[Show abstract][Hide abstract] ABSTRACT: In order to study the ability of coupled neural oscillators to synchronize in the presence of intrinsic as opposed to synaptic noise, we constructed hybrid circuits consisting of one biological and one computational model neuron with reciprocal synaptic inhibition using the dynamic clamp. Uncoupled, both neurons fired periodic trains of action potentials. Most coupled circuits exhibited qualitative changes between one-to-one phase-locking with fairly constant phasic relationships and phase slipping with a constant progression in the phasic relationships across cycles. The phase resetting curve (PRC) and intrinsic periods were measured for both neurons, and used to construct a map of the firing intervals for both the coupled and externally forced (PRC measurement) conditions. For the coupled network, a stable fixed point of the map predicted phase locking, and its absence produced phase slipping. Repetitive application of the map was used to calibrate different noise models to simultaneously fit the noise level in the measurement of the PRC and the dynamics of the hybrid circuit experiments. Only a noise model that added history-dependent variability to the intrinsic period could fit both data sets with the same parameter values, as well as capture bifurcations in the fixed points of the map that cause switching between slipping and locking. We conclude that the biological neurons in our study have slowly-fluctuating stochastic dynamics that confer history dependence on the period. Theoretical results to date on the behavior of ensembles of noisy biological oscillators may require re-evaluation to account for transitions induced by slow noise dynamics.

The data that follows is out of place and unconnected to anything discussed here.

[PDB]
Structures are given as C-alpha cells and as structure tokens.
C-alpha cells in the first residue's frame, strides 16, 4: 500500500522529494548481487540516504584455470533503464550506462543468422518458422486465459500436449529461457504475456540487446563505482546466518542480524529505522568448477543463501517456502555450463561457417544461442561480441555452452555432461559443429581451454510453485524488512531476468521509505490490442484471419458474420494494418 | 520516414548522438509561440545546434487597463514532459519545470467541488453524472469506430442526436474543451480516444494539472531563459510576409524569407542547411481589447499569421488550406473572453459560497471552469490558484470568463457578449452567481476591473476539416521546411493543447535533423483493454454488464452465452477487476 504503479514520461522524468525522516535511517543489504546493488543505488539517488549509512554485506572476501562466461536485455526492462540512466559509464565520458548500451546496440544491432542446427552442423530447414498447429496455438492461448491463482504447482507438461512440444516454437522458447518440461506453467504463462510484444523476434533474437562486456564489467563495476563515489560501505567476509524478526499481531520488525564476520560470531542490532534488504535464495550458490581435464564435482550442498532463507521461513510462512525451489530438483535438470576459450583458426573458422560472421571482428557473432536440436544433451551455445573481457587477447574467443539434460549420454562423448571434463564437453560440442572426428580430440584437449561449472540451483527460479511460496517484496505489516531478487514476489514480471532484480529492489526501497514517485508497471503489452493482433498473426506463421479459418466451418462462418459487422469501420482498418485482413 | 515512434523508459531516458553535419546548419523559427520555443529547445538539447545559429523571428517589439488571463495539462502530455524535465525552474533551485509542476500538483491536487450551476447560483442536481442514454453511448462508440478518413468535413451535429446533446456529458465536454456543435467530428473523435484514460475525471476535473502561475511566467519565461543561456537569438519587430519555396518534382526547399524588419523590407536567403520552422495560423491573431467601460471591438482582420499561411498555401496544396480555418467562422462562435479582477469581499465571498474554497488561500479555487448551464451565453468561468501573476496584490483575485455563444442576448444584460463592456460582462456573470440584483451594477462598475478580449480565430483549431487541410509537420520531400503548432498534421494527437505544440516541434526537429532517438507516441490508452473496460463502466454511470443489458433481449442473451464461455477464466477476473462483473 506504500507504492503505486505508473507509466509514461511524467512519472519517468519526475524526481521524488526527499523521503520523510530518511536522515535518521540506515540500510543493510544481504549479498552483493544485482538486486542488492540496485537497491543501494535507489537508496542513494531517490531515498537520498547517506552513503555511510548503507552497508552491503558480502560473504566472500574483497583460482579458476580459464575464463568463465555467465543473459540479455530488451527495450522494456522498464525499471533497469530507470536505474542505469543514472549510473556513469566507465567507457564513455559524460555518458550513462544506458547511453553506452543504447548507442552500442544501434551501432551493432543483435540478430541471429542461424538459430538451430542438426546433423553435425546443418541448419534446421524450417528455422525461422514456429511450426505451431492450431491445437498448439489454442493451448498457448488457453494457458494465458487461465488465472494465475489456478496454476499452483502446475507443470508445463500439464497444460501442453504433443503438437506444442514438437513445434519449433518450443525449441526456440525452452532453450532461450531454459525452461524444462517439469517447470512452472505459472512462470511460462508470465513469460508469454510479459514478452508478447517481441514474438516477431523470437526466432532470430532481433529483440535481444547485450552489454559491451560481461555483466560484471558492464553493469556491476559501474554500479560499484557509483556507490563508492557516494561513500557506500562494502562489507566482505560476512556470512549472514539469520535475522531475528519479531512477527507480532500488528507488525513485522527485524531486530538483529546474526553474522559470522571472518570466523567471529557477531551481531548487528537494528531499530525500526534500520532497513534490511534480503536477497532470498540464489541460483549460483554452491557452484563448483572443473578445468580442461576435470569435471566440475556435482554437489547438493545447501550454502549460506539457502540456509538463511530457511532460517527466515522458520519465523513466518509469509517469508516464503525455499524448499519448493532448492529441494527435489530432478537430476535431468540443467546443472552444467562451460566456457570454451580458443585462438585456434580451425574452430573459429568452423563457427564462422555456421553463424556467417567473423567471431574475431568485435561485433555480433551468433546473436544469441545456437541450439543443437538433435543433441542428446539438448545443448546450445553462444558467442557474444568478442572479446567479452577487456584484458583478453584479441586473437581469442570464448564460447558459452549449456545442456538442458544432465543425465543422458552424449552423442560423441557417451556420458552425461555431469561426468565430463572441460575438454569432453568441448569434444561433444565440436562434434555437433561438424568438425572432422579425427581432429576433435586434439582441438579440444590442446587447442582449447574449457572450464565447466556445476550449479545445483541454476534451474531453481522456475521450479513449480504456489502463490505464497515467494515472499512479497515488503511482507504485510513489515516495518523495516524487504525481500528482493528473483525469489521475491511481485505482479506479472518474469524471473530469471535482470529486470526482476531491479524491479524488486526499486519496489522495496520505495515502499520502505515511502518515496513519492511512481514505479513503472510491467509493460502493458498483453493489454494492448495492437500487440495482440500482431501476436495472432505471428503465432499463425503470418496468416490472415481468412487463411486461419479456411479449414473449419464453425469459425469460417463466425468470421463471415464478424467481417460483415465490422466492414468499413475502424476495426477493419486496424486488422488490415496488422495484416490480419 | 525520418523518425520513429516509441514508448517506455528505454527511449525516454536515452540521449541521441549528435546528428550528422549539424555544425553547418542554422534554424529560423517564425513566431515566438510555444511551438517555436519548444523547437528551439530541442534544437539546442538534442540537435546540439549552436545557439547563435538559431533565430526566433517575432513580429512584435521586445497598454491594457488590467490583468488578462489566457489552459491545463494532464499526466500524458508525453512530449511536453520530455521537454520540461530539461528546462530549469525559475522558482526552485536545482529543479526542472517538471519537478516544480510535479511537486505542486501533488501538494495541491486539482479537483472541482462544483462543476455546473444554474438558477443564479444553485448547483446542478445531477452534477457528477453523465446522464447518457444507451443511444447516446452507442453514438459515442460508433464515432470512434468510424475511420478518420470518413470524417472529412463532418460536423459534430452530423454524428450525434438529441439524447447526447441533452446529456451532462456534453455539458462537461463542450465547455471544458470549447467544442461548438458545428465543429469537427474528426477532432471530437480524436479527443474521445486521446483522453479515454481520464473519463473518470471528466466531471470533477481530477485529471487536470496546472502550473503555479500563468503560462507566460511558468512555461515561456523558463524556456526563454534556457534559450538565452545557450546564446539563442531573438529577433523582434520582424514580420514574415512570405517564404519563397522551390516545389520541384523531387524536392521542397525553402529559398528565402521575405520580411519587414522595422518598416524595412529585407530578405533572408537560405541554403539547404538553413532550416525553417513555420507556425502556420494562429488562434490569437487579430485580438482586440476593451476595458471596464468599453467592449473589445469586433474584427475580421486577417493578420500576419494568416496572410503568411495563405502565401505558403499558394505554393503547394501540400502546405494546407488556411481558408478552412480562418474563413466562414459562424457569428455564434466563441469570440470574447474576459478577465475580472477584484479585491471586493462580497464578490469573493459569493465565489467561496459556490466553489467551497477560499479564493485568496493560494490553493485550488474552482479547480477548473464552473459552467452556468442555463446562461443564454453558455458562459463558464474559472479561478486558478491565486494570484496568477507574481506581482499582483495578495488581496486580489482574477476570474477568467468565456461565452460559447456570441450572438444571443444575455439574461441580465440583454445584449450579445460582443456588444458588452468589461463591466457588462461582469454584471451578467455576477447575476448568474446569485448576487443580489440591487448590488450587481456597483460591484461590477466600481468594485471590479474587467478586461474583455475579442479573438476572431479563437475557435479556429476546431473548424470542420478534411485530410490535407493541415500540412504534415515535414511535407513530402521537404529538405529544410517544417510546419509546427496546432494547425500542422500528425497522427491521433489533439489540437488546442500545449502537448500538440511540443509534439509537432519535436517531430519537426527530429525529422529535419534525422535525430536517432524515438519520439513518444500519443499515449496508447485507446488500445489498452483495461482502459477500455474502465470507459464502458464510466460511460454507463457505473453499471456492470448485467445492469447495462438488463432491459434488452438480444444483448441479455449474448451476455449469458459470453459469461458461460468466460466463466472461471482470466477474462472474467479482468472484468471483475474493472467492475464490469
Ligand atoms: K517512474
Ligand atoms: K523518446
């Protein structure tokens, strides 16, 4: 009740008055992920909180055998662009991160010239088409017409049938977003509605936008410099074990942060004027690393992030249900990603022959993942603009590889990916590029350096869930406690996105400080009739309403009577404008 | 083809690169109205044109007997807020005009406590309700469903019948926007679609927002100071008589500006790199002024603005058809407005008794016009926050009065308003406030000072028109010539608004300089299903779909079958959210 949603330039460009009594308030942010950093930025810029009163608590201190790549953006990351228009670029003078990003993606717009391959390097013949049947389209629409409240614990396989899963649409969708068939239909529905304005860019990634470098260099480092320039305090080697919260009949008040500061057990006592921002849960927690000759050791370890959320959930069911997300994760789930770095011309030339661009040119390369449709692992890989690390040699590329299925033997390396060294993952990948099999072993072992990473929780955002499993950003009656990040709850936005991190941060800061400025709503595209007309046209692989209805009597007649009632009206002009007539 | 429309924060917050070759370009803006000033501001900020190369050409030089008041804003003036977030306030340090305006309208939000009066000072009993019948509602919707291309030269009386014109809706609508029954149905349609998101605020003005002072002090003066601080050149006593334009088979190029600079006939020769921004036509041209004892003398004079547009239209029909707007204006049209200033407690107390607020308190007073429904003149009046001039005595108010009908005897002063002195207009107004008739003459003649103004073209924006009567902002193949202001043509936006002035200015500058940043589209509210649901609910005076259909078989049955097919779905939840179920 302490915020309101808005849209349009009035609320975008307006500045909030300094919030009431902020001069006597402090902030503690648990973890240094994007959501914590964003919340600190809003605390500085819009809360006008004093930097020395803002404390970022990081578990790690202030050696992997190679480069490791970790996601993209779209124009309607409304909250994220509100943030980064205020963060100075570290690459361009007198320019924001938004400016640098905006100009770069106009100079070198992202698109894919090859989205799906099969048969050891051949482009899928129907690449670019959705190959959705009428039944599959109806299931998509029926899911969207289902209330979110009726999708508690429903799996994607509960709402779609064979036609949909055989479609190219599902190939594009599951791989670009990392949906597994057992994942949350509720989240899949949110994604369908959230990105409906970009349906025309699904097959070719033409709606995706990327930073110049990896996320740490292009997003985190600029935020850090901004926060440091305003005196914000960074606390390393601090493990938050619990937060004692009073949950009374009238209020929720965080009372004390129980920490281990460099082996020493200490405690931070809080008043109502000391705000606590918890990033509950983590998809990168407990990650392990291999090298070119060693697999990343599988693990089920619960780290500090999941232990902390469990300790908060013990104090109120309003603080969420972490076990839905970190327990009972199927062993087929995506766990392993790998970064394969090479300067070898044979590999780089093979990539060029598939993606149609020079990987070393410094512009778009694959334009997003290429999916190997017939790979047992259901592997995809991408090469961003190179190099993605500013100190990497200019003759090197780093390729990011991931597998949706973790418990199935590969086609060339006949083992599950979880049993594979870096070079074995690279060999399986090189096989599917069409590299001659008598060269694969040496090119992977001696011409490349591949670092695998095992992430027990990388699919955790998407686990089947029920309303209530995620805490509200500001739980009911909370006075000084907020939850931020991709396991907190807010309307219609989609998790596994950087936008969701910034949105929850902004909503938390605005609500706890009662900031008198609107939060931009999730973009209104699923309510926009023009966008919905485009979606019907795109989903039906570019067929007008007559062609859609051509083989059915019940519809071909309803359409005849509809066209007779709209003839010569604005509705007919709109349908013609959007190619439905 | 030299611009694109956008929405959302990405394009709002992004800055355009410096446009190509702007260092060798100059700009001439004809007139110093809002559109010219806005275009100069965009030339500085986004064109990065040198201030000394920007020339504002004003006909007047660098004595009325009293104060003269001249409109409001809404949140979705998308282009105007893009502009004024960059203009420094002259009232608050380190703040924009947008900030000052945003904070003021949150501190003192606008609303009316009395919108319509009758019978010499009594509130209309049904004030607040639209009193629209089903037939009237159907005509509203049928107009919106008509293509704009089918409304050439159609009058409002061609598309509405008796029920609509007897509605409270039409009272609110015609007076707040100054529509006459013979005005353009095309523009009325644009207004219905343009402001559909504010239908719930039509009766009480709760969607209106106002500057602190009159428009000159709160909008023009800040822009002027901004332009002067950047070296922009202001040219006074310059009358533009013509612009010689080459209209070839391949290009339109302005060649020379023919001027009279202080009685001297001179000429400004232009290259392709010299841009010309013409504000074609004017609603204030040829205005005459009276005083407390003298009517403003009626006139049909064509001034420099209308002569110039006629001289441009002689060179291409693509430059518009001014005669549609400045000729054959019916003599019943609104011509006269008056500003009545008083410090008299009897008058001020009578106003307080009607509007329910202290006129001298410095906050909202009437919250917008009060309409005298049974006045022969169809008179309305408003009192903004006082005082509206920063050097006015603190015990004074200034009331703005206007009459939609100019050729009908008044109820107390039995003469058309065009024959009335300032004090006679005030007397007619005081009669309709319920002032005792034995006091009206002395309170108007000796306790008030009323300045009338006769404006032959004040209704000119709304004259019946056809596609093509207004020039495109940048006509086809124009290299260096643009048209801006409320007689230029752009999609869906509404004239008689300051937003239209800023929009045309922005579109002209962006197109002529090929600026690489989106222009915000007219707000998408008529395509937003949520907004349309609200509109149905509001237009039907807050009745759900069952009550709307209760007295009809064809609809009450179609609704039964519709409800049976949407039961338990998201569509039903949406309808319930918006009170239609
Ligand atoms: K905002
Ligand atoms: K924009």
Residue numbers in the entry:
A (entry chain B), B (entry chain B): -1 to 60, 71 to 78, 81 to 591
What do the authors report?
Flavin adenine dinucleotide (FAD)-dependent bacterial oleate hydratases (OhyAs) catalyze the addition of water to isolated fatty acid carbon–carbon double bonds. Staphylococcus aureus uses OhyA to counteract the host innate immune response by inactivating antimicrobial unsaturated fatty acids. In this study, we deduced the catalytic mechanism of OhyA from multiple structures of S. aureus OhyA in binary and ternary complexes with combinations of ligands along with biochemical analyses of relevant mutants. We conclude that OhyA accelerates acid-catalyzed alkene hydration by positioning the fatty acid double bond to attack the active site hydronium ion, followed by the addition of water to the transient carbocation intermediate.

[Show abstract][Hide abstract] ABSTRACT: The injection of computer-simulated conductances through the dynamic clamp technique has allowed researchers to probe the intercellular and intracellular dynamics of cardiac and neuronal systems with great precision. By coupling computational models to biological systems, dynamic clamp has become a proven tool in electrophysiology with many applications, such as generating hybrid networks in neurons or simulating channelopathies in cardiomyocytes. While its applications are broad, the approach is straightforward: synthesizing traditional patch clamp, computational modeling, and closed-loop feedback control to simulate a cellular conductance. Here, we present two example applications: artificial blocking of the inward rectifier potassium current in a cardiomyocyte and coupling of a biological neuron to a virtual neuron through a virtual synapse. The design and implementation of the necessary software to administer these dynamic clamp experiments can be difficult. In this chapter, we provide an overview of designing and implementing a dynamic clamp experiment using the Real-Time eXperiment Interface (RTXI), an open-source software system tailored for real-time biological experiments. We present two ways to achieve this using RTXI's modular format, through the creation of a custom user-made module and through existing modules found in RTXI's online library.